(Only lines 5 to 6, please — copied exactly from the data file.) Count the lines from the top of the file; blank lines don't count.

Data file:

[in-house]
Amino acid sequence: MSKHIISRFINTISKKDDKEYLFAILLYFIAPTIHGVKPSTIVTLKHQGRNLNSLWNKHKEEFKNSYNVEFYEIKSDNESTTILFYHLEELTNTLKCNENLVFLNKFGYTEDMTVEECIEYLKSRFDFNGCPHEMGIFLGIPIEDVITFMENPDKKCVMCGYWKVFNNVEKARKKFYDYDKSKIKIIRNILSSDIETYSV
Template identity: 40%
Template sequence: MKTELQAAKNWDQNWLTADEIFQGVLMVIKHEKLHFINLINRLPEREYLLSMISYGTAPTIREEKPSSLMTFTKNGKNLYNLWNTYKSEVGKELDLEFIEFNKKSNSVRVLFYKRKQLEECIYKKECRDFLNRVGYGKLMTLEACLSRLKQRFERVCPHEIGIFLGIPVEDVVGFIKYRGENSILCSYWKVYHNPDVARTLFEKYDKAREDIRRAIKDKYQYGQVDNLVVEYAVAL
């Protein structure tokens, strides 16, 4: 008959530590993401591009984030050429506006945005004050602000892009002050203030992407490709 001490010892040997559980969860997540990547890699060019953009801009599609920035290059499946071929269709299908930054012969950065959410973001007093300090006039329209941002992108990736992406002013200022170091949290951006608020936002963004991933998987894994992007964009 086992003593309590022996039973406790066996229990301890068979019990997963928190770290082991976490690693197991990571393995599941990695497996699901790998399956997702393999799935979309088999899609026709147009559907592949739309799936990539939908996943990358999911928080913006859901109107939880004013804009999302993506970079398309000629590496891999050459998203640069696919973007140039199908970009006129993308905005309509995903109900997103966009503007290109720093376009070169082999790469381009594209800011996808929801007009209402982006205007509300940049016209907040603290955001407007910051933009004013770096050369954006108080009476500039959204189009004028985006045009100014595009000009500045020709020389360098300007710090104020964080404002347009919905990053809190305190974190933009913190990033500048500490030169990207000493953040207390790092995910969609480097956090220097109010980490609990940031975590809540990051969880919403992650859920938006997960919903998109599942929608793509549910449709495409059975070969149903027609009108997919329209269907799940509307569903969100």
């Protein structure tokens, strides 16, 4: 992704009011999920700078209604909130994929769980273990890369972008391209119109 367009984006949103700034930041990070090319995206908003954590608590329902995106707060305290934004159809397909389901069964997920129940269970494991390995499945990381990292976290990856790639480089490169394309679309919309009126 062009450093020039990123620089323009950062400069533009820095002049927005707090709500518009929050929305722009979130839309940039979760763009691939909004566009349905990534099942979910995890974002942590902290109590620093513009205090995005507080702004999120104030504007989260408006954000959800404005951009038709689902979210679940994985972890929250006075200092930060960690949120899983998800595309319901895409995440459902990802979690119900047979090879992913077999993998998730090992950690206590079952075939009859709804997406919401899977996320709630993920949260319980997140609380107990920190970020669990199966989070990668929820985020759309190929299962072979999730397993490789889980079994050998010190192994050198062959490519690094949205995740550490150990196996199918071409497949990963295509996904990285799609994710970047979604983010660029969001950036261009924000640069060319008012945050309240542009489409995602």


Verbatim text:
């Protein structure tokens, strides 16, 4: 008959530590993401591009984030050429506006945005004050602000892009002050203030992407490709 001490010892040997559980969860997540990547890699060019953009801009599609920035290059499946071929269709299908930054012969950065959410973001007093300090006039329209941002992108990736992406002013200022170091949290951006608020936002963004991933998987894994992007964009 086992003593309590022996039973406790066996229990301890068979019990997963928190770290082991976490690693197991990571393995599941990695497996699901790998399956997702393999799935979309088999899609026709147009559907592949739309799936990539939908996943990358999911928080913006859901109107939880004013804009999302993506970079398309000629590496891999050459998203640069696919973007140039199908970009006129993308905005309509995903109900997103966009503007290109720093376009070169082999790469381009594209800011996808929801007009209402982006205007509300940049016209907040603290955001407007910051933009004013770096050369954006108080009476500039959204189009004028985006045009100014595009000009500045020709020389360098300007710090104020964080404002347009919905990053809190305190974190933009913190990033500048500490030169990207000493953040207390790092995910969609480097956090220097109010980490609990940031975590809540990051969880919403992650859920938006997960919903998109599942929608793509549910449709495409059975070969149903027609009108997919329209269907799940509307569903969100």
């Protein structure tokens, strides 16, 4: 992704009011999920700078209604909130994929769980273990890369972008391209119109 367009984006949103700034930041990070090319995206908003954590608590329902995106707060305290934004159809397909389901069964997920129940269970494991390995499945990381990292976290990856790639480089490169394309679309919309009126 062009450093020039990123620089323009950062400069533009820095002049927005707090709500518009929050929305722009979130839309940039979760763009691939909004566009349905990534099942979910995890974002942590902290109590620093513009205090995005507080702004999120104030504007989260408006954000959800404005951009038709689902979210679940994985972890929250006075200092930060960690949120899983998800595309319901895409995440459902990802979690119900047979090879992913077999993998998730090992950690206590079952075939009859709804997406919401899977996320709630993920949260319980997140609380107990920190970020669990199966989070990668929820985020759309190929299962072979999730397993490789889980079994050998010190192994050198062959490519690094949205995740550490150990196996199918071409497949990963295509996904990285799609994710970047979604983010660029969001950036261009924000640069060319008012945050309240542009489409995602």